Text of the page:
The South African Broadcast Commission has just dropped massive news. It has retuned the music selection policies on all 18 of its radio stations. From tomorrow, all public broadcasting stations will be required to play 90% local music.
“The SABC has taken a radical decision about its local content offering across all its radio, television and digital platforms,” said Chief Operations Officer of the SABC, Hlaudi Motsoeneng.
Radical indeed. Up until now, radio stations in South Africa were under the obligation to play just 35% local music.
In the past five years, over R500 million rand’s worth of royalties have left the country in order to pay international artists.This is money that could have been reinvested to aid the starving musical economy of South Africa. Earlier this year, South African jazz giant, Don Laka, spoke out on social media against the lack of support for homegrown talent. He claimed that this crisis had caused the local industry to lose over 15’000 jobs.
“Sometimes when you invade a country, you don’t need guns you just need Lil Wayne. Send him with (American rappers) Birdman and Drake and you can change a country completely, mentally…those artists look richer than us, they look better than us and get more airplay than us…we simply lack patriotism.” says SA kwaito legend, Zola.
The concept of quotas are common in the music industry. Little over a month ago the BBC announced its plans to better support British songwriters and musicians by introducing new playlist policies for its premiere stations BBC Radio 1 and Radio 2. These stations have a combined weekly listenership of over 25 million. Canada’s national public radio stations have a have a quota of 50% Canadian music. Australia’s national youth station runs a program called Triple J Unearthed – a platform dedicated to offering up-and-coming Australian artists an exclusive opportunity to gain radio play.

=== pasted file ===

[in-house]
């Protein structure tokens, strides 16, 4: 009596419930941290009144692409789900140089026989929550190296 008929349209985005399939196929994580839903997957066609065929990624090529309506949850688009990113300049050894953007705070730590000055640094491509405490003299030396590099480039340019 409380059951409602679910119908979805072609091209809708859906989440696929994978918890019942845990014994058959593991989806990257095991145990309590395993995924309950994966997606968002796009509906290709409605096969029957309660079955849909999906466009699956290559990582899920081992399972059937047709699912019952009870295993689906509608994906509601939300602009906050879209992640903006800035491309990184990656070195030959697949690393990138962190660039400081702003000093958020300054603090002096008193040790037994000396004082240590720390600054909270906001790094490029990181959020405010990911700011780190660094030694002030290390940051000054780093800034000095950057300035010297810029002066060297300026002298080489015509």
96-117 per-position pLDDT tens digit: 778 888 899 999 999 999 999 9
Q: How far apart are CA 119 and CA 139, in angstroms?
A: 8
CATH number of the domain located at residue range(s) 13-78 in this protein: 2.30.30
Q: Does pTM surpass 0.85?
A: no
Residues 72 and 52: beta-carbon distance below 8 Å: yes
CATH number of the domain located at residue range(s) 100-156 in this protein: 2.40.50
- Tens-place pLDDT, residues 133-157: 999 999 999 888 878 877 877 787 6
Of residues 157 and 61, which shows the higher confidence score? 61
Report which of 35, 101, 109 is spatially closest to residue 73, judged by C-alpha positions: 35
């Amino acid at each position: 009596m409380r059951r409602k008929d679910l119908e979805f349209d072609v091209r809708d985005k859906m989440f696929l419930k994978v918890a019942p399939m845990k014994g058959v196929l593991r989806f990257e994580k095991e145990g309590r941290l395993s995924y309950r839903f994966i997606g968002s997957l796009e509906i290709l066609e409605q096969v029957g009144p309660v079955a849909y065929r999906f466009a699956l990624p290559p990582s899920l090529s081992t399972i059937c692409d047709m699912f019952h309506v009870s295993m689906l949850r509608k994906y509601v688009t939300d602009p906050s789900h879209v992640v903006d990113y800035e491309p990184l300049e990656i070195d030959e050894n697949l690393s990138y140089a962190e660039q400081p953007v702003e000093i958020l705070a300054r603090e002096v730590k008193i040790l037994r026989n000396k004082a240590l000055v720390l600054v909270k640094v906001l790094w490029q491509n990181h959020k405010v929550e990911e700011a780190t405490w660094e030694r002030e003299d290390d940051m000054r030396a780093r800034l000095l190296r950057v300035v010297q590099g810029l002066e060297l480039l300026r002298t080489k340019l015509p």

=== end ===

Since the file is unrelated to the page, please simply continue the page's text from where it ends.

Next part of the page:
Drastic change is a scary thing, but it is also exciting. For the first time in years, South African artists now have the chance to show the people of South Africa what they’ve got. But for the listeners it is a little uncertain. Let’s be honest: for the most part, we’re just a bunch of millennials that surf the net and listen to the latest mix on 8Tracks, YouTube etc. We don’t really know what local music is out there, or what the quality is like. Radio is what we listen to when our iPod battery dies, our aux cable has disintegrated, and we’re sitting in horrendous traffic on the M3.
Let me break down what the 90% news really means for both you, and for the musicians in this country:
What does 90% local actually mean for the listeners?
A resurgence of older South African bangers – While South African artists get to work on creating new content, it is very likely that local radio stations will start to bring out older catalogue to fill the quotas temporarily. I’m not referring to the sokkie-treffers from the 60’s. Many recent releases (the last 3 years or so), that were sidelined in favour of Nicki Minaj or Nickleback will start to get the attention that they deserve. Don’t worry, you’ve probably never even heard of them before, so they will sound brand new.
Local replacements – Drake and Kanye will be replaced by Cassper Nyovest and Okmalumkoolkat. Beyoncé replaced by Lira. Arctic Monkeys replaced by the likes of Kongos and BLK JKS. When you hear the quality of what some of these artists are producing, you will be gobsmacked. You might just find out that your new favourite band live right across the road from you.
What does 90% local actually mean for the artists?
Meaningful exposure to a wide audience – We live in a country that is still scarred by the legacy of apartheid. Our communities are still largely segregated, and it is incredibly difficult to get the necessary exposure to build a career. With greater support from radio, our musicians will now be able to reach more people, build sizeable fan bases and sell more records.
Royalties from radio play – For hundreds of local artists, the royalties received from radio play would allow them to quit their day job and focus on music full time. In a study done by the Future of Music Coalition, it is shown that performance royalties (the money that gets paid to the composer when their songs are played on radio) is the one of the biggest income streams for professional musicians.
Fulfilment – For an artist, it is extremely inspiring to hear your music being broadcasted on your country’s airwaves. Radio play is now an achievable dream for many South African musicians.
I urge all South Africans to tune in to their public broadcaster of choice tomorrow morning. Listen up, and show your musicians the same amount of support that you show the Springboks.
If you enjoyed this article, read more about how we can uplift the local music industry here.
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